Recovered from the Wayback Machine.
As you can see, I’m still getting pingbacks, even with removing the link to the pingback server from my page header. The reason for this, most likely, is because in the WordPress code somewhere, my site is responding affirmatively to an XML-RPC request, and the pingback is then sent. I’ve since moved the xmlrpc.php file elsewhere, though this means I can’t remotely post for now. But I rarely do anyway.
The pingbacks are from a post that Jonathon Delacour wrote on the recent trackback and nofollow issues, over at Writable Web, the new weblog he’s writing in conjuction with Marius Coomans. In this writing, Jonathon provides a nicely done comparison of pingbacks and trackbacks and how the two have become somewhat synonymous in most webloggers minds, primarily because of trackback autodiscovery. He also covers the new nofollow attribute, automatic addition of in weblog tools such as TypePad has led the spammers this last week to basically hit webloggers across the nose with a rolled up newspaper, going “Bad, webloggers. Bad.”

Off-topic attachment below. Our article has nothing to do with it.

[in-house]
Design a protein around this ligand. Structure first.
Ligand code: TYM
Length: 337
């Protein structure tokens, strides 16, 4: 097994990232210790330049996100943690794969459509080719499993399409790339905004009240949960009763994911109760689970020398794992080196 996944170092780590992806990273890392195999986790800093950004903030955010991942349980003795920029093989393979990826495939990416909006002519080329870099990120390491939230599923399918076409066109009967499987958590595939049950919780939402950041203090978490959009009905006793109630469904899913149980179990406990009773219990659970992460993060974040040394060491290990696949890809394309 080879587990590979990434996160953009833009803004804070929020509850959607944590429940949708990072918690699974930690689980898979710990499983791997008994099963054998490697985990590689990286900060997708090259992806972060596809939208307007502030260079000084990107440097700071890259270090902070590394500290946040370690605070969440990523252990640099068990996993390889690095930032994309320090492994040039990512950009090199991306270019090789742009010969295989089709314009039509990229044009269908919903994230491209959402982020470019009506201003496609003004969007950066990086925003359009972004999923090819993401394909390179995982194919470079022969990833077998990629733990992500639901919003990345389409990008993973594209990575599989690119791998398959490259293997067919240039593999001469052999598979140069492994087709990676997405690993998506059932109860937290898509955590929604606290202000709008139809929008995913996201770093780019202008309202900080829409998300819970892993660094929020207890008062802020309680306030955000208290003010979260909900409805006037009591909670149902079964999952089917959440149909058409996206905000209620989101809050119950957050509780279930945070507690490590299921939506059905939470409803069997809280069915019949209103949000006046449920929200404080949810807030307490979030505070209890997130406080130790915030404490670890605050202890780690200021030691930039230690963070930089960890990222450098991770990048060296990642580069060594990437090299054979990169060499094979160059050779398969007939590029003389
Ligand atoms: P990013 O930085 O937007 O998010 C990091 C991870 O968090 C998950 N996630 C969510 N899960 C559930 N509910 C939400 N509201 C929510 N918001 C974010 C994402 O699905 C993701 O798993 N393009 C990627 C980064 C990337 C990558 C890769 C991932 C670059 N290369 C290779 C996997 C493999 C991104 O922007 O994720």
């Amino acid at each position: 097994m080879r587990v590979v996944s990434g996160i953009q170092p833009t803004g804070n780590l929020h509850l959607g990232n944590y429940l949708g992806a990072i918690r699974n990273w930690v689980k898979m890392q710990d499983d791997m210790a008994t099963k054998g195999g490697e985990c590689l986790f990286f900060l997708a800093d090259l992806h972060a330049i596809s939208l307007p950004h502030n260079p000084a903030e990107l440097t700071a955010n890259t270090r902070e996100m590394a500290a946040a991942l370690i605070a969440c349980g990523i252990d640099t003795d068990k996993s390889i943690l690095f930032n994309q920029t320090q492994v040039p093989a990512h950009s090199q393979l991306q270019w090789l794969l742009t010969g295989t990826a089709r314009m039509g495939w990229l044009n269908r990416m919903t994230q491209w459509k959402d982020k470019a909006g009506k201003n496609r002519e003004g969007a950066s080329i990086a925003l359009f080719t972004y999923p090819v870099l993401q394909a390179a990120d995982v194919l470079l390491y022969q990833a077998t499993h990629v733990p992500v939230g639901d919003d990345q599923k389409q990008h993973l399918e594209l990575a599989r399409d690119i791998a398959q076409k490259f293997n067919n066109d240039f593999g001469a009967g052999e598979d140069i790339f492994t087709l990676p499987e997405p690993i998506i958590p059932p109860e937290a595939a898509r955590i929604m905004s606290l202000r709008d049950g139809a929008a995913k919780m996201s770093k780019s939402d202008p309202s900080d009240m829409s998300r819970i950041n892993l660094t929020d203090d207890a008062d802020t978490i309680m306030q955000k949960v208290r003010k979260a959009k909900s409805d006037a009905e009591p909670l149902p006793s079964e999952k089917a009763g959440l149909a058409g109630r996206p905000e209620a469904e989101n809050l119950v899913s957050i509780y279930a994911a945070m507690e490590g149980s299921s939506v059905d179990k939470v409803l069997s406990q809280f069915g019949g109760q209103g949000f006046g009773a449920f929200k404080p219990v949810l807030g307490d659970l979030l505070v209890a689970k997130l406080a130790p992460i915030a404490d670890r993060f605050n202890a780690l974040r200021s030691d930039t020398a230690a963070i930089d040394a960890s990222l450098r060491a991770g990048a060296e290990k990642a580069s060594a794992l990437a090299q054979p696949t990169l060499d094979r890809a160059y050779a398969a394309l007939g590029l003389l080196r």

In the meantime, here’s a surefire method of preventing comment spam:
Open up robots.txt, or create one, and add the following two lines:
It could take a couple of months, but eventually you’ll find you’ll have no more comment spam. Of course, you’ll have no Google or other search engine pagerank, either. But why bleed pagerank out of the weblogs slowly with nofollow, when we can do it quickly with robots.txt?
Seriously, bite the bullet, cut the cord, and be comment spam free. Isn’t this what everyone wants?